Cannabis Bioavailability; What’s The Most Effective Method?

Are you all familiar with the term bioavailabilty? If you are not, you should be. The Merriam-Webster definition is the degree and rate at which a substance (as a drug) is absorbed into a living system or is made available at the site of physiological activity. The other important factor in increasing the bioavailability of medical cannabis is the food you eat. Studies show that fatty acids in the form of saturated fats act as intracellular carriers of THC and CBD. In other words, cannabinoids hitch a ride on these fats and make their way to their intended destination. That is why you see so many recipes combining coconut oil with cannabis. Other healthy foods that increase cannabis bioavailability include all dairy foods with 2% or more fat, eggs, non-factory farmed beef, lamb, pork & chicken, fish, shellfish, cocoa butter and palm oil.


Let’s go through the different delivery methods to see which have the highest bioavailability:


Studies show that when cannabinoids of THC and CBD are swallowed, the bioavailability is between 4% to 20%. This is attributed to a phenomenon known as “first pass metabolism” whereby the concentration of a drug is greatly reduced before it reaches the systemic circulation. Cannabinoids pass through the liver with little absorption, even though the user may be experiencing very strong psychotropic effects. It is important to note that when THC is metabolized by the digestive system, it converts to 11-OH-THC which is 4-5 times more psychotropic than THC. This explains why people who eat edibles report being uncomfortably high. They also erroneously equate the intense psychotropic effects with more cannabinoid absorption and more medicinal benefits. This is not the case. There are also differences in bioavailability amongst individuals, affected by many different factors. These include the person’s metabolism rate, sleep cycle, their drug and food interactions, the health of their gastrointestinal tract, age, and the formulation of the cannabis product.


Most of the evidence supporting the positive results of rectal cannabis suppositories is anecdotal. There have been very few studies on the bioavailability of suppositories but results suggest anywhere from 13.5% to 40%. They differ from oral methods in that they prevent first pass metabolism. In addition, the bioavailability of suppositories is quite different depending on its cannabinoid profile. It is interesting to note that THC-hemisuccinate, known as Marinol, has the best results.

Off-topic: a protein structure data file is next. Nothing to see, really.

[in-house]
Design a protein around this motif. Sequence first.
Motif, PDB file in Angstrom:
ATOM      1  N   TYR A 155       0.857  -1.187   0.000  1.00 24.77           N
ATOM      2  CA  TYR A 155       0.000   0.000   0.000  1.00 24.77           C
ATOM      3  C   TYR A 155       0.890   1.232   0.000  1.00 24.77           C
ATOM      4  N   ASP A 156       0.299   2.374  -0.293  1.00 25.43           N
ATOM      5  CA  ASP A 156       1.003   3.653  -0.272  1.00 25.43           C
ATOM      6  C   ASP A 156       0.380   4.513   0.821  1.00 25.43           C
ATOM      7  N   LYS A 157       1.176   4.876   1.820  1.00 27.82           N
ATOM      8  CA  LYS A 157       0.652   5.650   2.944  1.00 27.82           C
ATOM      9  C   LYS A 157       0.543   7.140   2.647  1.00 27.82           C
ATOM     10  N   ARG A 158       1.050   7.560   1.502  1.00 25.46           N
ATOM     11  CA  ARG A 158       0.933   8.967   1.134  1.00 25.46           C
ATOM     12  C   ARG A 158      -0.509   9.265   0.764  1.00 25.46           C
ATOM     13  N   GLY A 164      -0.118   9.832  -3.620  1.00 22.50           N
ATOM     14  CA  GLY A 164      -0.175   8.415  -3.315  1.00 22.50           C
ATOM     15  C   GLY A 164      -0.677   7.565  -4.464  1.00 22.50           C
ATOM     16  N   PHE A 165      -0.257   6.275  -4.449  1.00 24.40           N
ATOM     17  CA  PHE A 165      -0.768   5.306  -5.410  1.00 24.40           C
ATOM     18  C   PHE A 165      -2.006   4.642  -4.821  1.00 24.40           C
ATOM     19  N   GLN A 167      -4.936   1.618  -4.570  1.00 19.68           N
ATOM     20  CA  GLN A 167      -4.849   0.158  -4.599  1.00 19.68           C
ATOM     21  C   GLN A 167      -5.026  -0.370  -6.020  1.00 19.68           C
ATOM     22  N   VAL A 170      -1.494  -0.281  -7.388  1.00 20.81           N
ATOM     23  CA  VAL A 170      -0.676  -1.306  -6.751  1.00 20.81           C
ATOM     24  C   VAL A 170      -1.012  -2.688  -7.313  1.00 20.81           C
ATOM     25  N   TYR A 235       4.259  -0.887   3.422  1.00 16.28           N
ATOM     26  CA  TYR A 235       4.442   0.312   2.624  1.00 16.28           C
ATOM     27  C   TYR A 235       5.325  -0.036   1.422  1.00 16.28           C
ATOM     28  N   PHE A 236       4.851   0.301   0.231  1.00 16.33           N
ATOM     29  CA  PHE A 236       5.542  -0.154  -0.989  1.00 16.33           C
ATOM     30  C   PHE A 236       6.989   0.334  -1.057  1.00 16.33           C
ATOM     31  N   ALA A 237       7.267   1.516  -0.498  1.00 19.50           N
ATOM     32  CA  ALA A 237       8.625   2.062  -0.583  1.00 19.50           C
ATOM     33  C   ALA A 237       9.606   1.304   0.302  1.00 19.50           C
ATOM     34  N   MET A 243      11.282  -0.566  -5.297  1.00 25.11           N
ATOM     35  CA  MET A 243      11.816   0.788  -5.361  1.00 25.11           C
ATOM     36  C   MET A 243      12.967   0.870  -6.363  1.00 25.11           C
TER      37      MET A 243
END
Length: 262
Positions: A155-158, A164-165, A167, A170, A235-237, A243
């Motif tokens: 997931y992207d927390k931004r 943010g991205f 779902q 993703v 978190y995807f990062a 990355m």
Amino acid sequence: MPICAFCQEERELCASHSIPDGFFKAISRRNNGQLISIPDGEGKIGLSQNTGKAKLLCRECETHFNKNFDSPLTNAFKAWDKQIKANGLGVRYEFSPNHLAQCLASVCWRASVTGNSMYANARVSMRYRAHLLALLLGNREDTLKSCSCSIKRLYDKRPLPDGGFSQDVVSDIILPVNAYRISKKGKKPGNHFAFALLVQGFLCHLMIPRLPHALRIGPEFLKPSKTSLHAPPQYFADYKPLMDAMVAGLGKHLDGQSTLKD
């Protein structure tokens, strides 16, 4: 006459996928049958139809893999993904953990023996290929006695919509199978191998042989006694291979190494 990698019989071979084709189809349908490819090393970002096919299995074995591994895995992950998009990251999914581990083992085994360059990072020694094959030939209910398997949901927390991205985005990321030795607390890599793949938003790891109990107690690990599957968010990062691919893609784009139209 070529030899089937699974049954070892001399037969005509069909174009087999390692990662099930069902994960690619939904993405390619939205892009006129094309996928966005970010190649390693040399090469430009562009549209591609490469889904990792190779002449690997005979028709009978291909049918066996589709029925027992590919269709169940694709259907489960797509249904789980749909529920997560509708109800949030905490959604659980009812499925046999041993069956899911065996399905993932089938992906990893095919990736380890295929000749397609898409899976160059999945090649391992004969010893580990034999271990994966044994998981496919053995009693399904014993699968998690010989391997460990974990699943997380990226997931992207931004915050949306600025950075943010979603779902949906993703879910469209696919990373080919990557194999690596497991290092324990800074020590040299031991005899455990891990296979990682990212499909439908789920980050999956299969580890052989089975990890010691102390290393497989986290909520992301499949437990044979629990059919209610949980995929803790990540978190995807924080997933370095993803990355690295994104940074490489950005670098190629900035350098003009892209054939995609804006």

With sublingual cannabinoid usage, the product is administered under the tongue. Most of the positive results are anecdotal. The spectrum of bioavailability of this method goes from slightly higher than oral availability to as much as 75%, depending on whom you believe. The reason for this is that it bypasses the digestive tract and goes directly into the bloodstream via the mouth. Since there is a salivary gland under the tongue, many users end up inadvertently swallowing the medicine which decreases its bioavailability to that of oral delivery. After smoking/vaporizing, the sublingual method is the second fastest delivery method.


Instead of placing the medicine under the tongue, it is placed inside the cheeks or on the gums. It has an advantage over the sublingual method in that it avoids the salivary gland and reflex swallowing. With the buccal application, a greater percentage of the active cannabinoids is absorbed compared to the sublingual method.


Many users prefer not to smoke and choose vaporizing, instead. In terms of its bioavailability, the two methods are virtually identical. Both methods avoid the first pass metabolism. The range is from 2% to 56%, depending on different studies. This can be attributed to the fact that experienced users have a higher range of cannabis bioavailability than newbies. It is the fast way to introduce cannabinoids into the system, but the least efficient method. Cannabis that is not absorbed by the lungs is exhaled and wasted. The effects last significantly less than all other delivery methods. This means the user has to consume more medicine to remain medicated.


Again, any positive results are anecdotal as there have been no studies on humans with transdermal patches, so there are no bioavailability percentages available. The positives are that transdermal patches avoid first pass metabolism and they offer a dosed amount of medicine for a longer period of time; 8-12 hours. Users must consider their high cost versus their effectiveness.


They work by interacting with CB1 and CB2 receptors which are present in the muscles, skin, bones, peripheral nerves and synovial fluid within joints. We must rely on anecdotal evidence as there are no scientific studies supporting these products. If they work for you, then go for it!

Lastly, here are 2 interesting facts to note:

THC appears to be more bioavailable than CBD

CBD is 10 times more permeable than THC when used transdermally (passing through the skin).

Alrighty! That is a whole lot of information to take in. I hope I have piqued your interest into considering trying different delivery methods to find the one that works best for you. So many factors!

Source:, The Bioavailability of Medical Marijuana, Eric Geisterfer